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How some LIers work exercise into their busy routines

Ven Chitt, 49, of Hicksville, left, and Rama

Ven Chitt, 49, of Hicksville, left, and Rama Boorgadda of Hauppauge, 35, walk down Duryea Road in Melville on March 20. Credit: Barry Sloan

When Marilyn Hornsby leaves her job as a telephone sales representative for a medical supplies company in Melville, she has no desire to exercise.

“I want to get home,” she said. “After a day at work, I’m out.”

But Hornsby, 62, of East Meadow, has found a way to fit exercise into her busy day. She eats at her desk and spends most or all of her hour-long lunch break walking nearby.

“The walk is very good for me,” she said. “I sit all day at my desk and need this exercise.” She said her doctor recommends walking for her bad back.

Many Americans say they don’t have time to exercise, but research shows that even short bursts of physical activity help. Any period of exercise counts toward the U.S. Department of Health and Human Services’ physical activity recommendations that adults do at least 150 minutes a week of moderate-intensity aerobic physical activity, or 75 minutes of vigorous activity. Moderate activity includes “anything that gets your heart beating faster,” the guidelines say.

Previously, the U.S. Department of Health and Human Services’ guidelines said exercise should be in sessions of at least 10 minutes. Revised guidelines released in November eliminated that requirement.

There are many ways to squeeze a few minutes of exercise here and there into the workday or into time after work or school, said Catherine Tuppo, program coordinator at Stony Brook Medicine’s Bariatric and Metabolic Weight Loss Center in Centereach.

For example, if you drive to work, park your car farther away than you usually do, she said. “Then act like you’re late for work and you have to get to the door to work quickly,” Tuppo said. That’s because walking briskly is more beneficial than walking slowly.

As the weather gets warmer, many people have more motivation to exercise, said Adam Gonzalez, an assistant professor of health professions at Hofstra University and an expert in exercise physiology.

“People exercise more if they’re enjoying it,” he said. “For most people, it’s more enjoyable to exercise outside instead of being on the treadmill or staring at the wall inside a gym.”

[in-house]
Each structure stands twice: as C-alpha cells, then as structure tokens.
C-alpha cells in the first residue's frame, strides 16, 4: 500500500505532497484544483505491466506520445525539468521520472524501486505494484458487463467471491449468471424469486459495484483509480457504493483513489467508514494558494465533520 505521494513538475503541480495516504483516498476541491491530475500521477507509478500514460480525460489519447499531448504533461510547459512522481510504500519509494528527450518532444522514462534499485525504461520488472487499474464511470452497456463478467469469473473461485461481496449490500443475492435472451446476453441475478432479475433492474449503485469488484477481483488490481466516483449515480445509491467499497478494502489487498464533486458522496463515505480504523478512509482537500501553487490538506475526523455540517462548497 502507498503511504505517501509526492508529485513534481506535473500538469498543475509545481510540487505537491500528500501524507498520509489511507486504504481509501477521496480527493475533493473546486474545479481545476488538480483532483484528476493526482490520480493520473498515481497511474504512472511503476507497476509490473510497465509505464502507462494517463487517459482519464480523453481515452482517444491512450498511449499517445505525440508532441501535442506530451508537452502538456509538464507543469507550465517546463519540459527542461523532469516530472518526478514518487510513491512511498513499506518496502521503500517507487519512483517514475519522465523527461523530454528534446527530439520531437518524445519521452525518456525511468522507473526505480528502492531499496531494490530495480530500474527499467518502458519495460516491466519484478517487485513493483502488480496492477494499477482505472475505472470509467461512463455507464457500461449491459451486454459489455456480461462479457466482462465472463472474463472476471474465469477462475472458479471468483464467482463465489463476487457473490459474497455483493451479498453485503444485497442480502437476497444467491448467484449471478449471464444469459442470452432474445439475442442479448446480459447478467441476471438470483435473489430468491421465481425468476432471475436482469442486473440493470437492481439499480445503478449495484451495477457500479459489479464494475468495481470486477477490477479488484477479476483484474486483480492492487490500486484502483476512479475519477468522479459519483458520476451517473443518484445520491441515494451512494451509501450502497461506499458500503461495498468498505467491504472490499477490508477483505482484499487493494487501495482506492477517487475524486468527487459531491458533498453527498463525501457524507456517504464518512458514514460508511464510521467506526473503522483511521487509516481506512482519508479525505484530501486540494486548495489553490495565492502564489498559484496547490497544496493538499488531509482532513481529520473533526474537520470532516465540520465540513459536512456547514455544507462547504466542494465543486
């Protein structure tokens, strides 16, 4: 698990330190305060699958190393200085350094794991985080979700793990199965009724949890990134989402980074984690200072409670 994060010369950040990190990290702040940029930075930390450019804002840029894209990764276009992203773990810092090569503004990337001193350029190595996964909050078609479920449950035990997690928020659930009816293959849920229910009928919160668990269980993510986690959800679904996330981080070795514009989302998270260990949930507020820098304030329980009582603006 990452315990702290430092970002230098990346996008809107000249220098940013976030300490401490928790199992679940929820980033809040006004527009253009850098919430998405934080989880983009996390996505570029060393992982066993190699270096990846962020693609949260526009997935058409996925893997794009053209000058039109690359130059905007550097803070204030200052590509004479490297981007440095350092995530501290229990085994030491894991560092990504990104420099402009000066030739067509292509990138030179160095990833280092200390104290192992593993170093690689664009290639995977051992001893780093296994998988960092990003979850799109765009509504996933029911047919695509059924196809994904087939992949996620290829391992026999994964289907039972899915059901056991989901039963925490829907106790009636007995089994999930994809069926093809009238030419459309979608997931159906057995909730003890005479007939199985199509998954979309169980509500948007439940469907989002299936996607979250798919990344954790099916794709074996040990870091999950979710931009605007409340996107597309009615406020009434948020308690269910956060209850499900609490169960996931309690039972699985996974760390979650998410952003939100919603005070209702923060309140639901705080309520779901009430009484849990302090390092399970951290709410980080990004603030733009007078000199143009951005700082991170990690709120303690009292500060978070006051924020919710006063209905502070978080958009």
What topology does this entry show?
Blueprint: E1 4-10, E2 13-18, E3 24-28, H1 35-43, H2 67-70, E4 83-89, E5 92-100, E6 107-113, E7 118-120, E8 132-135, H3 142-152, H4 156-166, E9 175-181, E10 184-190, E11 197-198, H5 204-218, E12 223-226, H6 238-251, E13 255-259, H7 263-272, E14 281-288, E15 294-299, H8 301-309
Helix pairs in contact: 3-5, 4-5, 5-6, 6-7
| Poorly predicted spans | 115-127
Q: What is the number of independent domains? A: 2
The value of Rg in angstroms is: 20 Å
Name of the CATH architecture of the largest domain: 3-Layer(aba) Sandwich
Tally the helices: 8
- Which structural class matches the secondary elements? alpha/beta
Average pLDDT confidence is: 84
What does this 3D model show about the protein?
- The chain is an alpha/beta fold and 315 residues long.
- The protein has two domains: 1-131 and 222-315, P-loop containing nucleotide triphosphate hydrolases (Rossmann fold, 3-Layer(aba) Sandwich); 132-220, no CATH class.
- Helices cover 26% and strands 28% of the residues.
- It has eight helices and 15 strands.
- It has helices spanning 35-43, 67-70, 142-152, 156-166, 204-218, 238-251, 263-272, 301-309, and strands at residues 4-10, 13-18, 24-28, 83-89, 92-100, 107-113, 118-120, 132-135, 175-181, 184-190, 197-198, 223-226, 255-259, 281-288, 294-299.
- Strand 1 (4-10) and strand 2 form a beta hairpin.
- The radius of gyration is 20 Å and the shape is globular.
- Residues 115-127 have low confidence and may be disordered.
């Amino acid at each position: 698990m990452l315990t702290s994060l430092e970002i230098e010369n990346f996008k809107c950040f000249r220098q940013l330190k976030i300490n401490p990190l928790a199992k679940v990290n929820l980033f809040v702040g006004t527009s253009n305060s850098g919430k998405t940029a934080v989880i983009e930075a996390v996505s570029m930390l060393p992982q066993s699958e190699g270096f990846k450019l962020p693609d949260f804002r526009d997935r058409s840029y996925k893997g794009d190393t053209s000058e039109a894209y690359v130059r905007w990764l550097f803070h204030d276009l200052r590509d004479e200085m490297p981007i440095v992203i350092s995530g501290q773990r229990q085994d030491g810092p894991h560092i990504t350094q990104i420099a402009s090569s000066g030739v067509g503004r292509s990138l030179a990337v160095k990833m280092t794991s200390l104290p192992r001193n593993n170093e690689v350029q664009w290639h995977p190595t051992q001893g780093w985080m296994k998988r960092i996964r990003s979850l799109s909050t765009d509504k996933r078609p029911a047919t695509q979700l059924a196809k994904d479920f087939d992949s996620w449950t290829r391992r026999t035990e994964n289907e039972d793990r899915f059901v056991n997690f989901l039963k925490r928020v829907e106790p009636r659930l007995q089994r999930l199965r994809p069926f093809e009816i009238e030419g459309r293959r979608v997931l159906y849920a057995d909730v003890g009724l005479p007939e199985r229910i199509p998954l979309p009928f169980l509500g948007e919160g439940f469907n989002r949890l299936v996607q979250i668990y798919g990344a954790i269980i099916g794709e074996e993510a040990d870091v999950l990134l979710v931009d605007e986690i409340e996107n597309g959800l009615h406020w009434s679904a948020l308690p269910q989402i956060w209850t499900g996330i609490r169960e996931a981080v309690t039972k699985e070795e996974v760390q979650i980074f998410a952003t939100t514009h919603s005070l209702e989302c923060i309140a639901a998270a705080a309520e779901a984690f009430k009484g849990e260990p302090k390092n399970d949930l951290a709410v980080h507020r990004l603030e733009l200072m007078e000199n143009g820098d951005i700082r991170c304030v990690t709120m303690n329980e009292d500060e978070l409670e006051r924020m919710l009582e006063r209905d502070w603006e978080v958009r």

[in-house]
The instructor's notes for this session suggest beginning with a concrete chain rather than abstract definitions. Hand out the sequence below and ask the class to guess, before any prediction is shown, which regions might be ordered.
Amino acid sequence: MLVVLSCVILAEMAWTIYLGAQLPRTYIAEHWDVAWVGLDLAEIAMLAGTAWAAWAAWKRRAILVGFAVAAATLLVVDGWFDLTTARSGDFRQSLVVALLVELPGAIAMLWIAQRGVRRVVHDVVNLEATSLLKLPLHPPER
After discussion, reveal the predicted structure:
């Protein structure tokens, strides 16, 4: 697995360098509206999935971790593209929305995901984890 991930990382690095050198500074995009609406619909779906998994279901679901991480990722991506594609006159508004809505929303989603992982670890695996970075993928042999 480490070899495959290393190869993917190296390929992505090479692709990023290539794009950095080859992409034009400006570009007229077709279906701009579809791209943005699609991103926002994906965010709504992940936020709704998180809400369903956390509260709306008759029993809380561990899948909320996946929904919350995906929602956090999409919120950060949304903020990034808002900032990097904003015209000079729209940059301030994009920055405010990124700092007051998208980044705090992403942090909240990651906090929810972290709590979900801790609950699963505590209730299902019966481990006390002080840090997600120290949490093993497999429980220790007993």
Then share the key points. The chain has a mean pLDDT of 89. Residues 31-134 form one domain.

When Hornsby was walking with a workmate on a recent 50-degree early afternoon, there were only a few others walking down a 1,500-foot section of Duryea Road in Melville that is popular with workers from nearby office buildings because it dead-ends and has no intersections.

“If it’s a nice spring day, 70 degrees, you’ll see a lot more people out,” said Hornsby’s walking partner, Jim Lopes, 45, of West Babylon.

Michael Walsh, 68, of Islandia, was on a 20-minute walk on Duryea just before Hornsby and Lopes arrived.

“Today I’m getting a short walk in,” said Walsh, who works at a nearby software company. “Usually, I like to get 30 to 45 minutes in, but I have a lot of stuff to do today.”

Walsh said walking on his lunch break allows him to spend more time at home with his wife than if he were going to the gym after work every day. And, he said, “When I walk, I don’t have as many problems with my weight.”

Weight loss and control is one of many benefits of exercise, Gonzalez said. Physical activity also reduces anxiety and depression, can lead to better sleep, can improve cognition and prevents disease, he said.

Nearly $117 billion in annual health-care costs and 10 percent of premature deaths are attributed to insufficient physical activity, according to the U.S. Department of Health and Human Services.

The key is to find an exercise regimen that is realistic, Gonzalez said. “The biggest predictor of success with exercise is adherence, if you stick to the program,” he said.

That’s one reason bursts of exercise throughout the day may be a good option for some. Three minutes of walking six times a day adds up to 18 minutes a day, he said.

“The higher intensity the better,” he said. “But most people are not going to want to get up from their desk and go for a five-minute run and get sweaty.”

Devices that track the number of steps you take can be a motivating tool because “if you look down in the middle of day and you’re down on steps, it’s that trigger that you need to get up and take a walk.”

Fitness classes, which sometime last only 30 or 45 minutes, are another option, because exercising with a group “holds people accountable,” he said.

Most Americans need more motivation to get off their chairs and sofas.

A June 2018 report from the U.S. Centers for Disease Control and Prevention found that only 22.9 percent of Americans — and 18.9 percent of New Yorkers — aged 18-64 get the federally recommended amount of exercise, which, in addition to the minimum 150 minutes of weekly moderate aerobic exercise, includes at least two days a week of muscle-strengthening activities.

Perceived time constraints are a big reason for that, said Dr. Genna Hymowitz, director of bariatric psychology at the Stony Brook weight loss center.

“It is the hope that by understanding the new research that suggests that any amount of activity is better than not being active, that more individuals will start to move a little bit more,” she said.


No time to go to the gym? Experts have suggestions for fitting in exercise throughout your work and home life.

  • Park farther away from work and walk the extra distance.
  • Take multiple short walks during the work day.
  • Use a hand mower to mow the lawn.
  • Garden and vacuum at a more vigorous pace.
  • Walk to talk with a co-worker in person rather than use the phone or email.
  • Take the long way to get to the restroom.
  • Use the stairs instead of the elevator.

SOURCES: Genna Hymowitz and Catherine Tuppo, Stony Brook Medicine’s Bariatric and Metabolic Weight Loss Center